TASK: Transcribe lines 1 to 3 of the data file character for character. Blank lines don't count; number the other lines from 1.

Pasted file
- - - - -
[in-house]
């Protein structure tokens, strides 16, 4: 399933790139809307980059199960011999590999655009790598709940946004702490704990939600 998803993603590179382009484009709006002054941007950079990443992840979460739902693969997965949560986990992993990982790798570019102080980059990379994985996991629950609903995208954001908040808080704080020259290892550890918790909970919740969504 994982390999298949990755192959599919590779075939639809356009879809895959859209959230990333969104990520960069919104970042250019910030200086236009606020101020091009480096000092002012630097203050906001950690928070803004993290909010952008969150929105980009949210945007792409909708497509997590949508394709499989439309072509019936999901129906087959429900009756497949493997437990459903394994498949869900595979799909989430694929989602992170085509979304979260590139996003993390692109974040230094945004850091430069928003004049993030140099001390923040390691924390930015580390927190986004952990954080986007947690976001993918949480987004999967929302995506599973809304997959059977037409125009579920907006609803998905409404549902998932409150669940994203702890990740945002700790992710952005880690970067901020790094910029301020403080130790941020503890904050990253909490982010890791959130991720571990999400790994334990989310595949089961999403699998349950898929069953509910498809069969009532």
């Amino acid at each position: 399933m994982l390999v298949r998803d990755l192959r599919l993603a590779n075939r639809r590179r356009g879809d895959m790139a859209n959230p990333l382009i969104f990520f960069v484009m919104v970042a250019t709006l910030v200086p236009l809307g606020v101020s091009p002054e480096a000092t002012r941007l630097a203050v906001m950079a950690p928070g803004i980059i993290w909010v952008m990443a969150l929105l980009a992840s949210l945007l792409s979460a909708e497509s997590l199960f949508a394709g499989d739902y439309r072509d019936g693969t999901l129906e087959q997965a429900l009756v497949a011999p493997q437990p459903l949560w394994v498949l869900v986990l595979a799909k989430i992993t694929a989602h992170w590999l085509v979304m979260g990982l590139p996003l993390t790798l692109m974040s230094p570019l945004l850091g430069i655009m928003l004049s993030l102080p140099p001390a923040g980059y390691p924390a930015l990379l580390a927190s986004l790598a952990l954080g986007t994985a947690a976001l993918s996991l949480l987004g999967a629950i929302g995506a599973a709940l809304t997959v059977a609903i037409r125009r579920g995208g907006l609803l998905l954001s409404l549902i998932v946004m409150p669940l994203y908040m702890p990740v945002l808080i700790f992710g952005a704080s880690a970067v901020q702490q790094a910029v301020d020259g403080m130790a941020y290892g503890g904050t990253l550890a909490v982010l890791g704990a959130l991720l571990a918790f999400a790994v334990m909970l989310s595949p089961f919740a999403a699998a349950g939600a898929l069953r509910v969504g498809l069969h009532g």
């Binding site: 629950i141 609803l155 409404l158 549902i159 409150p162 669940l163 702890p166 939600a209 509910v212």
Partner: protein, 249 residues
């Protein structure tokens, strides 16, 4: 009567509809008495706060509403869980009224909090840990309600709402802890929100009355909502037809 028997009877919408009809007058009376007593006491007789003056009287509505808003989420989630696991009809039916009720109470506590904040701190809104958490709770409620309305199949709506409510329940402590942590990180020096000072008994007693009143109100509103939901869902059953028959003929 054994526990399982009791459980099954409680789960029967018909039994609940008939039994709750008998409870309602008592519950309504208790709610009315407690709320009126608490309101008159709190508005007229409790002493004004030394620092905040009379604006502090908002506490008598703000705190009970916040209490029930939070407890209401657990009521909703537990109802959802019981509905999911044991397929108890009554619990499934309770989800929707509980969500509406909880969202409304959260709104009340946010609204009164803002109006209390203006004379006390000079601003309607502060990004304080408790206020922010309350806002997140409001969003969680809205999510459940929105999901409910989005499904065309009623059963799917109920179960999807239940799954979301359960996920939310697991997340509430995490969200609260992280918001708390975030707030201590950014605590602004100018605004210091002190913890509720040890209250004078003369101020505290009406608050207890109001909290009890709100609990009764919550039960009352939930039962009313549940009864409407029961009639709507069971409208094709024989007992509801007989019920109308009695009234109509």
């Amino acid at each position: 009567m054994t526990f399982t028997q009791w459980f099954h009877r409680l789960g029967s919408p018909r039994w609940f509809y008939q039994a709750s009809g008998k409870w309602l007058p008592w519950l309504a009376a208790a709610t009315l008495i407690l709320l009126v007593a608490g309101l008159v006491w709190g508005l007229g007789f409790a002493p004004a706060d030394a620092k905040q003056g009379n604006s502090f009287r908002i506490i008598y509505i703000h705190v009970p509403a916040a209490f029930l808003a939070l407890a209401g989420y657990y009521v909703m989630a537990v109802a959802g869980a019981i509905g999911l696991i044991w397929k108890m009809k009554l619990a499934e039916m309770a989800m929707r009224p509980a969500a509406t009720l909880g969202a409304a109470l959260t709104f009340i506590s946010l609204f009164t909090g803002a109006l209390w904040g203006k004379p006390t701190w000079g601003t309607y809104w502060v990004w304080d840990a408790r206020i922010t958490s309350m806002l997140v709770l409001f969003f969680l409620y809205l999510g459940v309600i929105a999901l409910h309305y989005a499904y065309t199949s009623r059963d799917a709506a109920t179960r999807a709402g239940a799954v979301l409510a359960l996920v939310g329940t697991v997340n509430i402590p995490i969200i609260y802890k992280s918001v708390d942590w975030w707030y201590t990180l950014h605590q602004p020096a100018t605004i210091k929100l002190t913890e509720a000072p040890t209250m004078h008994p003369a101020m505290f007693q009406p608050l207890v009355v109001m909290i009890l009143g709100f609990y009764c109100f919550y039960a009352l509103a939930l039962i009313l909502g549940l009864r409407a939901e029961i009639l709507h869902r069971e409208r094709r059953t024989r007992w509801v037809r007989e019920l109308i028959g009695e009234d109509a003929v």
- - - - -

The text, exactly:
[in-house]
């Protein structure tokens, strides 16, 4: 399933790139809307980059199960011999590999655009790598709940946004702490704990939600 998803993603590179382009484009709006002054941007950079990443992840979460739902693969997965949560986990992993990982790798570019102080980059990379994985996991629950609903995208954001908040808080704080020259290892550890918790909970919740969504 994982390999298949990755192959599919590779075939639809356009879809895959859209959230990333969104990520960069919104970042250019910030200086236009606020101020091009480096000092002012630097203050906001950690928070803004993290909010952008969150929105980009949210945007792409909708497509997590949508394709499989439309072509019936999901129906087959429900009756497949493997437990459903394994498949869900595979799909989430694929989602992170085509979304979260590139996003993390692109974040230094945004850091430069928003004049993030140099001390923040390691924390930015580390927190986004952990954080986007947690976001993918949480987004999967929302995506599973809304997959059977037409125009579920907006609803998905409404549902998932409150669940994203702890990740945002700790992710952005880690970067901020790094910029301020403080130790941020503890904050990253909490982010890791959130991720571990999400790994334990989310595949089961999403699998349950898929069953509910498809069969009532």
């Amino acid at each position: 399933m994982l390999v298949r998803d990755l192959r599919l993603a590779n075939r639809r590179r356009g879809d895959m790139a859209n959230p990333l382009i969104f990520f960069v484009m919104v970042a250019t709006l910030v200086p236009l809307g606020v101020s091009p002054e480096a000092t002012r941007l630097a203050v906001m950079a950690p928070g803004i980059i993290w909010v952008m990443a969150l929105l980009a992840s949210l945007l792409s979460a909708e497509s997590l199960f949508a394709g499989d739902y439309r072509d019936g693969t999901l129906e087959q997965a429900l009756v497949a011999p493997q437990p459903l949560w394994v498949l869900v986990l595979a799909k989430i992993t694929a989602h992170w590999l085509v979304m979260g990982l590139p996003l993390t790798l692109m974040s230094p570019l945004l850091g430069i655009m928003l004049s993030l102080p140099p001390a923040g980059y390691p924390a930015l990379l580390a927190s986004l790598a952990l954080g986007t994985a947690a976001l993918s996991l949480l987004g999967a629950i929302g995506a599973a709940l809304t997959v059977a609903i037409r125009r579920g995208g907006l609803l998905l954001s409404l549902i998932v946004m409150p669940l994203y908040m702890p990740v945002l808080i700790f992710g952005a704080s880690a970067v901020q702490q790094a910029v301020d020259g403080m130790a941020y290892g503890g904050t990253l550890a909490v982010l890791g704990a959130l991720l571990a918790f999400a790994v334990m909970l989310s595949p089961f919740a999403a699998a349950g939600a898929l069953r509910v969504g498809l069969h009532g």